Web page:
Nineteen sixty-six: fifty years ago. The year the Beatles released their Revolver album. President Lyndon Johnson committed the United States to fight South Vietnam until Communist aggression ended. The Canada Pension Plan and the Quebec Pension Plan both begin operation. The Toronto Transit Commission opened the Bloor-Danforth Subway line. The CBC became the first Canadian television network to broadcast in colour.

And in October, the Ontario Municipal Water Association was formed.

It began with a simple resolution to create an organization “…with respect to area water supply comparable to the Ontario Municipal Electrical Association.” Fifteen participating municipalities from southwestern Ontario all signed it.

A month later, the first constitution was adopted, and in March, 1967, the first annual meeting drew 185 delegates from municipalities from across Ontario and one from Quebec. C.J.F. Ross QC, vice chair of London Public Utilities Commission, was elected as the first president of OMWA. Jim Craig was appointed executive director.

The Ontario Municipal Water Association is unique in Canada: a political organization advocating for municipally-owned water systems. It has no competing interests, allowing OMWA the autonomy to take political positions in the best interests of its membership, and petition government to act accordingly.

In 1969, the first meeting of a new Ontario branch of the American Water Works Association (AWWA) – the forerunner of today’s OWWA – attracted 102 delegates. The new branch opened talks with OMWA to host a joint conference, beginning in 1971. The two organizations also held their first joint annual meeting in 1971.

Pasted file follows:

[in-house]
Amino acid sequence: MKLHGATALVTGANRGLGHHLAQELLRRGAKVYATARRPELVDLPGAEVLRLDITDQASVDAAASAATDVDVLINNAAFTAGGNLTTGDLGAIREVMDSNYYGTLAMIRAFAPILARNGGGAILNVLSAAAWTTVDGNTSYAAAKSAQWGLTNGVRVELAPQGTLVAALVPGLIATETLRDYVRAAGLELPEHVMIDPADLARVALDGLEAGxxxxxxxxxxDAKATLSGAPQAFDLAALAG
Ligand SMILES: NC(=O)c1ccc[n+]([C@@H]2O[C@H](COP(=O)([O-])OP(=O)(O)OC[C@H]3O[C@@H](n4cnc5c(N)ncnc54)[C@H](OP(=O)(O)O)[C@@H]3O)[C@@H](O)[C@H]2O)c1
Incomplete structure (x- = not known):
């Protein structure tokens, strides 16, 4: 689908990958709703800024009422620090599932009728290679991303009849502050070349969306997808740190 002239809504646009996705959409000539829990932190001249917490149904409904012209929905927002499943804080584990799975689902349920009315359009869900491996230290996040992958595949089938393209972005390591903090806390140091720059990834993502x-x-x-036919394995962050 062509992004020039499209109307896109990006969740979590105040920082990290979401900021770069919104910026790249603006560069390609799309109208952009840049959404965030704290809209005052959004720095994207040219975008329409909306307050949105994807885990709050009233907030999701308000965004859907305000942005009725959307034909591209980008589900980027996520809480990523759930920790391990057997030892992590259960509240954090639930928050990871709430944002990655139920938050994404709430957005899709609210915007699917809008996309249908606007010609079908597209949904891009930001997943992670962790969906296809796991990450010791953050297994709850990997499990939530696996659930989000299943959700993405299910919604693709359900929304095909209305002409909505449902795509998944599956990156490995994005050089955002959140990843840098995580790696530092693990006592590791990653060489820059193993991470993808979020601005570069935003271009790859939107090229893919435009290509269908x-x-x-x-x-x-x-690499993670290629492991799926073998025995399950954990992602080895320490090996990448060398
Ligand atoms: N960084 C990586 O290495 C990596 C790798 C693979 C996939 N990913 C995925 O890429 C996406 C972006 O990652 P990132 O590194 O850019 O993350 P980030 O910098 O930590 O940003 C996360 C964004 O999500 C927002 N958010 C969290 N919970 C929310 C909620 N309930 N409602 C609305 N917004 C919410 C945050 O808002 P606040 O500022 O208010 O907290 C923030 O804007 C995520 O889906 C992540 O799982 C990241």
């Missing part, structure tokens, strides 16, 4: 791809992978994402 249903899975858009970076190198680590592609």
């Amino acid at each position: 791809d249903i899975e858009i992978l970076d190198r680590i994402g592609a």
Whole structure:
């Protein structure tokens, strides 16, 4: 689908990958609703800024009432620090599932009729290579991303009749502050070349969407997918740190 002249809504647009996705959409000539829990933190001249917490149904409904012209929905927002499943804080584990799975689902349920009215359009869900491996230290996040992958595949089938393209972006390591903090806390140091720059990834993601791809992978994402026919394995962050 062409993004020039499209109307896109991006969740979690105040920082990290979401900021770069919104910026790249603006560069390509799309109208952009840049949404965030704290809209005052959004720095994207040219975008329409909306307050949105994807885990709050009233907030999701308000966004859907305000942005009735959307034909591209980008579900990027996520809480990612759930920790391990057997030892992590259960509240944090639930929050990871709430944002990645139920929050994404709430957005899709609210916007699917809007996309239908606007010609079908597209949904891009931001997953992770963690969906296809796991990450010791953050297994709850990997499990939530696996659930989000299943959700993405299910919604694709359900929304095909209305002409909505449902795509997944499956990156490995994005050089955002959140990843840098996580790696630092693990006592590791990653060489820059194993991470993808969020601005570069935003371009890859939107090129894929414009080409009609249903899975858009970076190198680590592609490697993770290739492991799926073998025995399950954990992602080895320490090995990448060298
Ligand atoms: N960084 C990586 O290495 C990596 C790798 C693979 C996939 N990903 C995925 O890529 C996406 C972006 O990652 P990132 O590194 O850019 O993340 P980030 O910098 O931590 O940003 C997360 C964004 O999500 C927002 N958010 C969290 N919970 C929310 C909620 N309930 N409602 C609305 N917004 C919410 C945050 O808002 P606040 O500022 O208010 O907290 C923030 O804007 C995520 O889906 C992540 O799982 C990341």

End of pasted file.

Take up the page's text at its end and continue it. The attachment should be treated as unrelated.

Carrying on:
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The Romance of Wastewater

wastewater treatment plant (Wikipedia)What could be more romantic for Valentine’s Day than to take your date on a tour of the local wastewater plant? That’s how the New York City Department of Environmental Protection promotes its highly successful tours, now in their fifth year (1). In 2015, three Sunday tours of 100 people each were booked. Participants took home a commemorative card and lapel pin.(2)

During the tour, participants got a quick course on how the city treats its wastewater before they are taken around the plant. It all takes about 90 minutes. The event has developed a bit of a cult following and reservations for a spot fill up rapidly. The website tells people what to expect and – importantly – what to wear.(3)

The result of each tour is dozens of media articles, hundreds of tweets and Facebook posts, a couple of YouTube videos (4), all free publicity for the municipal water services. Plus, it creates a growing public appreciation of municipal water treatment and its infrastructure, which can only help recruitment.

Public understanding of utility services is at best sketchy. After all, most of the infrastructure is hidden below ground or behind walls. There’s a disconnect between what comes from the tap and how it gets to it, safely and cleanly. That can be changed.

A tour is an opportunity to open the doors and let people see what their tax dollars are spent on. And they get to put faces to the process, meeting the workers and seeing their environment, which helps them connect to the service better than any charts or numbers will.